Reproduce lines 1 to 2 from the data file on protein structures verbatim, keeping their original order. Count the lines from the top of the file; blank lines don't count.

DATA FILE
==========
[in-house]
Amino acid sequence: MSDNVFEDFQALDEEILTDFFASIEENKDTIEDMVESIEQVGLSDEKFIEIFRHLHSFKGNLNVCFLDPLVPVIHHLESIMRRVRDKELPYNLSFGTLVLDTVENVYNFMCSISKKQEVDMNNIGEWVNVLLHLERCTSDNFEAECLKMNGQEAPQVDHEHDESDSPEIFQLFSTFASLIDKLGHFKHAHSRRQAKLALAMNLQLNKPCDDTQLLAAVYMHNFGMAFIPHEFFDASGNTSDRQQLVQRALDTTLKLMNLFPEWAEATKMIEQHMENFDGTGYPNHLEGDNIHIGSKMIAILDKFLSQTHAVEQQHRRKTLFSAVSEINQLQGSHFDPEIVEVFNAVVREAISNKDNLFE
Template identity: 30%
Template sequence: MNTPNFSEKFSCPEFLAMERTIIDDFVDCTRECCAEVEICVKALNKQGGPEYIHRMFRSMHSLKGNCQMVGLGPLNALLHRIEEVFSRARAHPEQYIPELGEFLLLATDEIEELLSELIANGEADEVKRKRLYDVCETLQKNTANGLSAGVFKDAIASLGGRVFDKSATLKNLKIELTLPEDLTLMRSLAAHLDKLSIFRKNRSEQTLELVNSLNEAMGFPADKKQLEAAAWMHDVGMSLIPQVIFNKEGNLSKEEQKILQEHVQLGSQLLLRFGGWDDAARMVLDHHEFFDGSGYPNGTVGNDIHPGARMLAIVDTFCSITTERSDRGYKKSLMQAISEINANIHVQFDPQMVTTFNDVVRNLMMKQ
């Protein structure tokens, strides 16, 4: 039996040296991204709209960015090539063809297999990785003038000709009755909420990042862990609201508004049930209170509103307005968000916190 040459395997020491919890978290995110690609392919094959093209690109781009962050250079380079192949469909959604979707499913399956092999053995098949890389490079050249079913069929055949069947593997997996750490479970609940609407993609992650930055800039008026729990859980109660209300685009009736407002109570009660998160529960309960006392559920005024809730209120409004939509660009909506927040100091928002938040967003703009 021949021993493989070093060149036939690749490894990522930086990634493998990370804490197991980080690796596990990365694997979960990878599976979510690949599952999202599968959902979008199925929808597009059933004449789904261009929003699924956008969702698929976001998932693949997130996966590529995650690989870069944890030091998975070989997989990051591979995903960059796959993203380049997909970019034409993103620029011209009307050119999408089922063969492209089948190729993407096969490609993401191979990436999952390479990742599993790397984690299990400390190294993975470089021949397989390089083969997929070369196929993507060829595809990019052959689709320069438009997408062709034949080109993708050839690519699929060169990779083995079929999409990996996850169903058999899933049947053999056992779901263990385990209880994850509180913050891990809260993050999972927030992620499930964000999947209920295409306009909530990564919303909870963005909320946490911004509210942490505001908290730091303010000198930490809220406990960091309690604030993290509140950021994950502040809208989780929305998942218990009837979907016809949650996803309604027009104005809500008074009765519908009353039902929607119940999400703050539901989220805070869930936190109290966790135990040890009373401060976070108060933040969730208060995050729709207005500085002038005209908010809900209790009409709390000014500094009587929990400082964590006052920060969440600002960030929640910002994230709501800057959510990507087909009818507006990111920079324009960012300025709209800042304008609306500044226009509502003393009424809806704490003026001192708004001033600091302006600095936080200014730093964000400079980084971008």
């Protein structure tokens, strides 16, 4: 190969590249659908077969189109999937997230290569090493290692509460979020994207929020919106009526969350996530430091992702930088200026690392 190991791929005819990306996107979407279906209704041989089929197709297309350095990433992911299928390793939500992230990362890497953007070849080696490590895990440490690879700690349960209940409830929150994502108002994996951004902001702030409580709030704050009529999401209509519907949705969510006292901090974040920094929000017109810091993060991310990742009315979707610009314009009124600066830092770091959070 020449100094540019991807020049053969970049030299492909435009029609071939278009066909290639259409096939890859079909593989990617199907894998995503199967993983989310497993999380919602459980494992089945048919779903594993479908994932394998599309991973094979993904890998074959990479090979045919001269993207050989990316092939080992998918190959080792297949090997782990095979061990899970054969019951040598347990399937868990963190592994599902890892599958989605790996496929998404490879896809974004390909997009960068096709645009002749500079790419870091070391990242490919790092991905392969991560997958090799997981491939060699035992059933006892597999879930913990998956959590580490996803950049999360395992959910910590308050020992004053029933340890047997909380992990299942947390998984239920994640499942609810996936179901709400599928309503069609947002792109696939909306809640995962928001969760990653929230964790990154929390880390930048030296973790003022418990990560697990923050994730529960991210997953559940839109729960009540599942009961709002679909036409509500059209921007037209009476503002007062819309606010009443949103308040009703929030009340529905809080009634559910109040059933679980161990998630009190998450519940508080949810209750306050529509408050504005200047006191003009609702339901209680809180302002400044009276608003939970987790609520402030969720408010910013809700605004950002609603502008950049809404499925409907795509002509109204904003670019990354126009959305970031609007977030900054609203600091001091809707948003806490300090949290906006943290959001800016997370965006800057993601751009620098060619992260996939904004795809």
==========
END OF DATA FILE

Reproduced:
[in-house]
Amino acid sequence: MSDNVFEDFQALDEEILTDFFASIEENKDTIEDMVESIEQVGLSDEKFIEIFRHLHSFKGNLNVCFLDPLVPVIHHLESIMRRVRDKELPYNLSFGTLVLDTVENVYNFMCSISKKQEVDMNNIGEWVNVLLHLERCTSDNFEAECLKMNGQEAPQVDHEHDESDSPEIFQLFSTFASLIDKLGHFKHAHSRRQAKLALAMNLQLNKPCDDTQLLAAVYMHNFGMAFIPHEFFDASGNTSDRQQLVQRALDTTLKLMNLFPEWAEATKMIEQHMENFDGTGYPNHLEGDNIHIGSKMIAILDKFLSQTHAVEQQHRRKTLFSAVSEINQLQGSHFDPEIVEVFNAVVREAISNKDNLFE